There are three major models of primary care providers (Community Health Centers, CHCs) in China, i.e., government managed, hospital managed and privately owned CHCs. We performed a systematic review of structures and health care delivery patterns of the three models of CHCs.
Studies from relevant English and Chinese databases for the period of 1997–2011 were searched. Two independent researchers extracted data from the eligible studies using a standardized abstraction form. Methodological quality of included articles was assessed with the Mixed Methods Appraisal Tool (MMAT).
A total of 13 studies was included in the final analysis. Compared with the other two models, private CHCs had a smaller health workforce and lower share of government funding in their total revenues. Private CHCs also had fewer training opportunities, were less recognized by health insurance schemes and tended to provide primary care services of poor quality. Hospital managed CHCs attracted patients through their higher quality of clinical care, while private CHCs attracted users through convenience and medical equipment.
Our study suggested that government and hospital managed CHCs were more competent and provided better primary care than privately owned CHCs. Further studies are warranted to comprehensively compare performances among different models of CHCs.
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Their Similarities and Differences:
- Oceanic/Oceanic Convergent Boundaries
Where different oceanic plates run into each other, the older – and therefore cooler and denser – one dives beneath the other; in other words, it subducts. Such a convergent boundary includes a seafloor trench marking the earthquake-rattled subduction zone as well as an island arc: a line of volcanoes created by rock-melt in the mantle associated with subduction. Other features of an oceanic/oceanic convergent boundary are the forearc basin between the trench and the island arc and the backarc basin on the opposite side of the arc.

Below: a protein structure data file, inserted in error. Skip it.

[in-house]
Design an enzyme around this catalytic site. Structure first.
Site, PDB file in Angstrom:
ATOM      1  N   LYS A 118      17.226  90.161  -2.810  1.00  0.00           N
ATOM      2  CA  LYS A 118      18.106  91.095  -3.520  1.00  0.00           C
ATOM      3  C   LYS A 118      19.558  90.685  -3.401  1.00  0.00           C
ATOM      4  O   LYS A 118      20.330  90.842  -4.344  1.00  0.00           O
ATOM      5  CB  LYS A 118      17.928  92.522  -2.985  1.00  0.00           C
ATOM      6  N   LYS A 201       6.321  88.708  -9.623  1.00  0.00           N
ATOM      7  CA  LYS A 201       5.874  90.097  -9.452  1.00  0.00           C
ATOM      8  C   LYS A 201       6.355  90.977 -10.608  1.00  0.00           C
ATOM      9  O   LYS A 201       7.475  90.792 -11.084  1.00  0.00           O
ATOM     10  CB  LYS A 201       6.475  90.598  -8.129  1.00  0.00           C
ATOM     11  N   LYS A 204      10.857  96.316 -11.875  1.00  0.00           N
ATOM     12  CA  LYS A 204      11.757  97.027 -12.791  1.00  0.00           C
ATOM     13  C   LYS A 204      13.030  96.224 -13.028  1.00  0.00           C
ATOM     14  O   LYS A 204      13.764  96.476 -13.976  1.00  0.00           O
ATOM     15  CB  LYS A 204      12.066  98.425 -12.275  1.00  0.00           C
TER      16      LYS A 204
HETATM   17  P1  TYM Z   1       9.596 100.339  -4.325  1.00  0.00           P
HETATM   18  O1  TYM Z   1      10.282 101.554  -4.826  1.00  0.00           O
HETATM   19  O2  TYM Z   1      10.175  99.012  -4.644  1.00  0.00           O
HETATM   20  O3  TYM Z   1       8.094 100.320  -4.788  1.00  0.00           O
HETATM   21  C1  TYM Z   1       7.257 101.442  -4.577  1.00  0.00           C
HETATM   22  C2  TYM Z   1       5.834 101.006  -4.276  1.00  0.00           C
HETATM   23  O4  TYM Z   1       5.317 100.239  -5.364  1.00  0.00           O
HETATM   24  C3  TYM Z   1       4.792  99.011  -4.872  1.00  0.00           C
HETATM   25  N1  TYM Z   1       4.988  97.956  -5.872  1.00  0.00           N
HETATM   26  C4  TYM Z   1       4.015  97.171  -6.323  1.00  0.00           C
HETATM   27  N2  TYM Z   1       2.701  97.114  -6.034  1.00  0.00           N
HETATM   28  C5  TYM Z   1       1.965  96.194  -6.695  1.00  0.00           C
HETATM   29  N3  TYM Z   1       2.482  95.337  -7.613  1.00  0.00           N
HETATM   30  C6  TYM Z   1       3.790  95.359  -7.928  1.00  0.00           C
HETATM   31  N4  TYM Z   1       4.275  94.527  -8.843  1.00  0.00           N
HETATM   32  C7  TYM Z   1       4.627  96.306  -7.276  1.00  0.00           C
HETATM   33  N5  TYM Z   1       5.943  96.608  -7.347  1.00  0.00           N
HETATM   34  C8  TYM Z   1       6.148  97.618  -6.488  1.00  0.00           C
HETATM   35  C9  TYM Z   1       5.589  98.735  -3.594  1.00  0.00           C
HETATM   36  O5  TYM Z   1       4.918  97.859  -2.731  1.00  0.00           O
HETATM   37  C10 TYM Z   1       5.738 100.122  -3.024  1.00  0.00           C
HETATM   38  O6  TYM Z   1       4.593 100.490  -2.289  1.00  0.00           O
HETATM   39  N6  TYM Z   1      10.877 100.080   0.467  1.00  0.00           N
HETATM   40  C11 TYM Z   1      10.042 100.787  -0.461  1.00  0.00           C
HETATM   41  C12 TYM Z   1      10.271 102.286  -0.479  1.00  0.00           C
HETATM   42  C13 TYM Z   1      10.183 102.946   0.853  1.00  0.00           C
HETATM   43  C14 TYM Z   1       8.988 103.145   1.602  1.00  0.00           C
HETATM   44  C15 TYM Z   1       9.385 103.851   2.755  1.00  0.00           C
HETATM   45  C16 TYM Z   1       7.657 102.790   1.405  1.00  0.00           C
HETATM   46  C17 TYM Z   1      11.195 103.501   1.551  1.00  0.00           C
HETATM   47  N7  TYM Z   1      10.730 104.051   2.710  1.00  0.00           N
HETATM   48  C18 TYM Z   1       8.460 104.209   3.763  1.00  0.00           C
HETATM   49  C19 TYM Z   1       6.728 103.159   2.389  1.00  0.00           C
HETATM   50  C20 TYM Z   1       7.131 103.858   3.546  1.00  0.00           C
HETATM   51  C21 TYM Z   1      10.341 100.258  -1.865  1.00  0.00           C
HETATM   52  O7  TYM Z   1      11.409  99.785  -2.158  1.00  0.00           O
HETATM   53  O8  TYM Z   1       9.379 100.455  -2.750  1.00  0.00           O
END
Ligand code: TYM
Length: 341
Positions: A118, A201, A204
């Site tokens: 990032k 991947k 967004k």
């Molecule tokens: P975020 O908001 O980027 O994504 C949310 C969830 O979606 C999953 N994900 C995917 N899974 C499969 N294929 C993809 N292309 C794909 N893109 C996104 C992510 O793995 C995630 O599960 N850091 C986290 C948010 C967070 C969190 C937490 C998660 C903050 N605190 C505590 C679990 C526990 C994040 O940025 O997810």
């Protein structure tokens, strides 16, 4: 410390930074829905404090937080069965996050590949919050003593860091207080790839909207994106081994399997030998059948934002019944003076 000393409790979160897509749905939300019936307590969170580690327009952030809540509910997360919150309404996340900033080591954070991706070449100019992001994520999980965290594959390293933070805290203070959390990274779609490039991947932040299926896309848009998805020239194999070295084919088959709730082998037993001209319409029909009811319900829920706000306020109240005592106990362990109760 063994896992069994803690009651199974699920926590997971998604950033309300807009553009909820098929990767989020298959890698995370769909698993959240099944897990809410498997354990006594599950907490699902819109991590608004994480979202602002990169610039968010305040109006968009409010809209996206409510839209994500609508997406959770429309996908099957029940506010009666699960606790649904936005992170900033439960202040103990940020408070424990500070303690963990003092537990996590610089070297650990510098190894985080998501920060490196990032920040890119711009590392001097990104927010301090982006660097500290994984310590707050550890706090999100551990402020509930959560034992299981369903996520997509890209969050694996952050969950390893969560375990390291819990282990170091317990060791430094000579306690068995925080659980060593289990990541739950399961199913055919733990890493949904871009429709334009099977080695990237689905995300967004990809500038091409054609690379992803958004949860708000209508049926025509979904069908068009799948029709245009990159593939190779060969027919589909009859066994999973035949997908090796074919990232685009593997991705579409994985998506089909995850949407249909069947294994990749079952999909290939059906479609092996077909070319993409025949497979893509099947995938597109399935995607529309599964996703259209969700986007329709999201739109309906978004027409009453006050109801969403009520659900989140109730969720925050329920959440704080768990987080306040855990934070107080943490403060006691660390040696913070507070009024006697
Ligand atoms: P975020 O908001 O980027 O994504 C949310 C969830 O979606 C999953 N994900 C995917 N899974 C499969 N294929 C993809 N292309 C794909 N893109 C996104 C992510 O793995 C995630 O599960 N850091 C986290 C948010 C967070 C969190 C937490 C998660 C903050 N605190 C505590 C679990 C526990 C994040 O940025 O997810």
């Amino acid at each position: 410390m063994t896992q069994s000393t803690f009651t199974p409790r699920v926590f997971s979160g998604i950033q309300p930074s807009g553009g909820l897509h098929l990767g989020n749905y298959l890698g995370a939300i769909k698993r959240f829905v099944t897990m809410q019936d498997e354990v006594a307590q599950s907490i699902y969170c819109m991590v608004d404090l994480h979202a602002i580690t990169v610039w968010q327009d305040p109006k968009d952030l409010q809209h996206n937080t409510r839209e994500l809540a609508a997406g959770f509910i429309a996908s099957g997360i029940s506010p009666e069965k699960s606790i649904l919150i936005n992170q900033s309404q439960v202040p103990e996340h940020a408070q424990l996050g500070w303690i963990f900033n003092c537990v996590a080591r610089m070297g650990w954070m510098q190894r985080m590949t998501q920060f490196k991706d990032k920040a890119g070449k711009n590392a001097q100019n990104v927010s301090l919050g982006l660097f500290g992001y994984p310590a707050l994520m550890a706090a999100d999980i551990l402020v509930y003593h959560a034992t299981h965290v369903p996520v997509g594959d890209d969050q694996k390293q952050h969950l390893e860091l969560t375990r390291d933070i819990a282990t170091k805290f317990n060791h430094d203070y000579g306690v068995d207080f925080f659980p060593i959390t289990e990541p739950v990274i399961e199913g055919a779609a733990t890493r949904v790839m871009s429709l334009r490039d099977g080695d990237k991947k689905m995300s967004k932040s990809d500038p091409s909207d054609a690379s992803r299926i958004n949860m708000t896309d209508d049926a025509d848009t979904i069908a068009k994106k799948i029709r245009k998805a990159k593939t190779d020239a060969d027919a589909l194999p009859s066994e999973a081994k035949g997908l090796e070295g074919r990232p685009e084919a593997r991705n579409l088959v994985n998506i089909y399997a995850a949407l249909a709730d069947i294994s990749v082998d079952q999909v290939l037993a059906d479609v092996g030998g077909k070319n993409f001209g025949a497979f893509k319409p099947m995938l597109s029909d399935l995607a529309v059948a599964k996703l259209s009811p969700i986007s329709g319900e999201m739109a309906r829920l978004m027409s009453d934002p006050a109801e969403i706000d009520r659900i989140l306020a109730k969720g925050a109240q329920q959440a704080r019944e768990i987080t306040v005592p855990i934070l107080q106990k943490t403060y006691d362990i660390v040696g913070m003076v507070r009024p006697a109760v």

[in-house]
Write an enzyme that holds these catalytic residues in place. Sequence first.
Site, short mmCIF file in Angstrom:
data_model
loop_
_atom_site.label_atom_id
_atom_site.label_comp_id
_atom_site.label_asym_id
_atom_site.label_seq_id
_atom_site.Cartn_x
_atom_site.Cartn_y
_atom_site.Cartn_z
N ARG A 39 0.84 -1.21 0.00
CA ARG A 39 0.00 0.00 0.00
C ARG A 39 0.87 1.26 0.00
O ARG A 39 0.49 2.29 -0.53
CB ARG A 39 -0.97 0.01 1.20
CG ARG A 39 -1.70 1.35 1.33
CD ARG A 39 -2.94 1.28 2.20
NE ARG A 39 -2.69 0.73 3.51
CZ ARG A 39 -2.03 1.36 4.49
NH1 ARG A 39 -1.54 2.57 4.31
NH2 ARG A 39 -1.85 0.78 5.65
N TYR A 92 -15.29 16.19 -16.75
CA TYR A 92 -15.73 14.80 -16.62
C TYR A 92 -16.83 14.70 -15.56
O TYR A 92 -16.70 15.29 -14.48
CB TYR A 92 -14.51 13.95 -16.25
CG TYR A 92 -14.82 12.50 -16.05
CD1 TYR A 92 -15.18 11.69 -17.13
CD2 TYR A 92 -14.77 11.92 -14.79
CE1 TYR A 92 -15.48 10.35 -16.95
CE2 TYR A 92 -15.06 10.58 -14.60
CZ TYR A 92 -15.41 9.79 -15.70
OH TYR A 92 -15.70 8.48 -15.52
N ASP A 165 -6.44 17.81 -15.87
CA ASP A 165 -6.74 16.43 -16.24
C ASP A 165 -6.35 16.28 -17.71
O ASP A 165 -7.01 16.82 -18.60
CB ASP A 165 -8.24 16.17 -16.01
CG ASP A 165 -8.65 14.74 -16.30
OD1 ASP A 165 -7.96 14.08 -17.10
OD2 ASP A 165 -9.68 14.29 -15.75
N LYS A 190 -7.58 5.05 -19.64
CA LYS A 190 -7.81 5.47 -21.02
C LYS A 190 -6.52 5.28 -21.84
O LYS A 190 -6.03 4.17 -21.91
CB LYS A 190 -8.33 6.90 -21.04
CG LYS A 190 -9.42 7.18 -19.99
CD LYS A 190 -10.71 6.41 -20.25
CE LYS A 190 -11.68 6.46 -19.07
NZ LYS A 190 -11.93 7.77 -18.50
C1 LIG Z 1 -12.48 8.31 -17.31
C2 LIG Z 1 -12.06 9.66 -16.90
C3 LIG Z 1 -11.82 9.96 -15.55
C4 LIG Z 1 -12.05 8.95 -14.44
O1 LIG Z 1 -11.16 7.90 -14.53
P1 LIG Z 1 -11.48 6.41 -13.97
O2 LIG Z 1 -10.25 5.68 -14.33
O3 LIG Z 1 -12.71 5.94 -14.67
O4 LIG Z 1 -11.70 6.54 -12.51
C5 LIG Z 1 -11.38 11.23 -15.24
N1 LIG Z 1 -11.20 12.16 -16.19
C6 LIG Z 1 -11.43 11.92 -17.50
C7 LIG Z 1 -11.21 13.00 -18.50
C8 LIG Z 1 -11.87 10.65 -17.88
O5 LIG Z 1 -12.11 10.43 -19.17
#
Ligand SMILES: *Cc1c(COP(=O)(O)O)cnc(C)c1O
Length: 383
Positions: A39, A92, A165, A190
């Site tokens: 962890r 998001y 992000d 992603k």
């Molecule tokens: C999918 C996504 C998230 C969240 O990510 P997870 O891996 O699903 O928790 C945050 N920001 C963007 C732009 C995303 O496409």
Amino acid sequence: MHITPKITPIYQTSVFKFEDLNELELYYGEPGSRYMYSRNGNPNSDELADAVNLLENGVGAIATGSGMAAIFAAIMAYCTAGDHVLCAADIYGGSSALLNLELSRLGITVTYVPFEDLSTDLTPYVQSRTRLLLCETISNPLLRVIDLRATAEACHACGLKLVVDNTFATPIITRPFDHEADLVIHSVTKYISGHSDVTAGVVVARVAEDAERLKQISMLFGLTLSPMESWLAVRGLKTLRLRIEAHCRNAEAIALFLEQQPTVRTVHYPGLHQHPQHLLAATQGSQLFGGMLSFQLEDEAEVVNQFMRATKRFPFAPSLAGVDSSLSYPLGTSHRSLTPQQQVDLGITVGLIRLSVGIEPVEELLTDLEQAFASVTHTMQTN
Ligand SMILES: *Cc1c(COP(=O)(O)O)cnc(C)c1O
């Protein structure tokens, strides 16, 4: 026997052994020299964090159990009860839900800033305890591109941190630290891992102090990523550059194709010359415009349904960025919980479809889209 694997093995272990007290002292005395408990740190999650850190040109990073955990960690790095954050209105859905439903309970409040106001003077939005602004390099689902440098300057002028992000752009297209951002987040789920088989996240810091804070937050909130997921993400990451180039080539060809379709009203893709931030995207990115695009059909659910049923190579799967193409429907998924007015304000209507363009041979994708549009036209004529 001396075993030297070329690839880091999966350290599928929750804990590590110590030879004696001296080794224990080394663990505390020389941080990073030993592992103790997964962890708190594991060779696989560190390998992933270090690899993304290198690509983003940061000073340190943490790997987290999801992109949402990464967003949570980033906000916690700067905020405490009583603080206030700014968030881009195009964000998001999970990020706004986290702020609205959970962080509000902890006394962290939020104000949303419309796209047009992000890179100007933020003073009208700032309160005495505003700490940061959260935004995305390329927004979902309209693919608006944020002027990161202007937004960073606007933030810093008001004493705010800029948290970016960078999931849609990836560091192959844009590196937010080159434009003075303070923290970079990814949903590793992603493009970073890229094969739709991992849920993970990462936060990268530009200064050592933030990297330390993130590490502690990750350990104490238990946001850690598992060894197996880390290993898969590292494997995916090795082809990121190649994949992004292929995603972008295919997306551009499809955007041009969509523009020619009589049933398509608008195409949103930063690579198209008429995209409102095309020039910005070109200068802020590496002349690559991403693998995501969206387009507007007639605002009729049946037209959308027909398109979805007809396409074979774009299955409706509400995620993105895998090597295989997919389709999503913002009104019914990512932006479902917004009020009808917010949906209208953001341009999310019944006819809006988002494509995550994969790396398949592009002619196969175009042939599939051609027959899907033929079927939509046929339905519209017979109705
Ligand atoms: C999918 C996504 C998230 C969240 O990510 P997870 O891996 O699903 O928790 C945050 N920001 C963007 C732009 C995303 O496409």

An example of an oceanic/oceanic convergent boundary is that between the Pacific and Mariana plates, which includes the Mariana Islands arc and a subduction zone encompassing the Mariana Trench, the deepest part of the World Ocean. The World Ocean is the name for the collective group of oceans on the planet.
Oceanic/Continental Convergent Boundaries
Where oceanic and continental plates collide, the former subducts beneath the latter because ocean crust – rich in iron and magnesium – is denser than continental rock. Here again a subduction zone occurs, as does a volcanic arc that develops on the continental side of the boundary; in between, sediments sloughed up against the continental margin form an accretionary wedge.
The western coast of the Americas – part of the Pacific Ring of Fire, named for the Pacific basin’s energetic volcanic and seismic turmoil – hosts this type of tectonic convergence. Along the Pacific Northwest coast, for example, oceanic plates subducting beneath the North American Plate create the Cascadia Subduction Zone, fueling the Cascade Range volcanoes; the Nazca (and, to a lesser extent, Antarctic) plate subducting under the South American Plate, meanwhile, uplifted the Andes and peppered that towering range with volcanoes. Both regions are vulnerable to severe earthquakes associated with this intense plate collision.
Continental/Continental Convergent Boundaries
Convergent boundaries between continental plates are a bit different than oceanic/oceanic and oceanic/continental mashups. Continental lithosphere is too buoyant to subduct deeply, so rather than a subduction zone and trench these boundaries encompass a thick mess of folded, piled-up crust. This compression results in massive mountain belts rather than the volcanic arcs powered by subduction-zone magma in the other two cases.
The classic example of a continental/continental convergent boundary is the rumpled overlap where the Indian Plate drives into the Eurasian Plate, a tectonic collision that has thrown up the greatest mountains in the world – the Himalayas – as well as the vast, high Tibetan Plateau. To the west, the Alps grew in similar fashion via the collision of the African and Eurasian plates.
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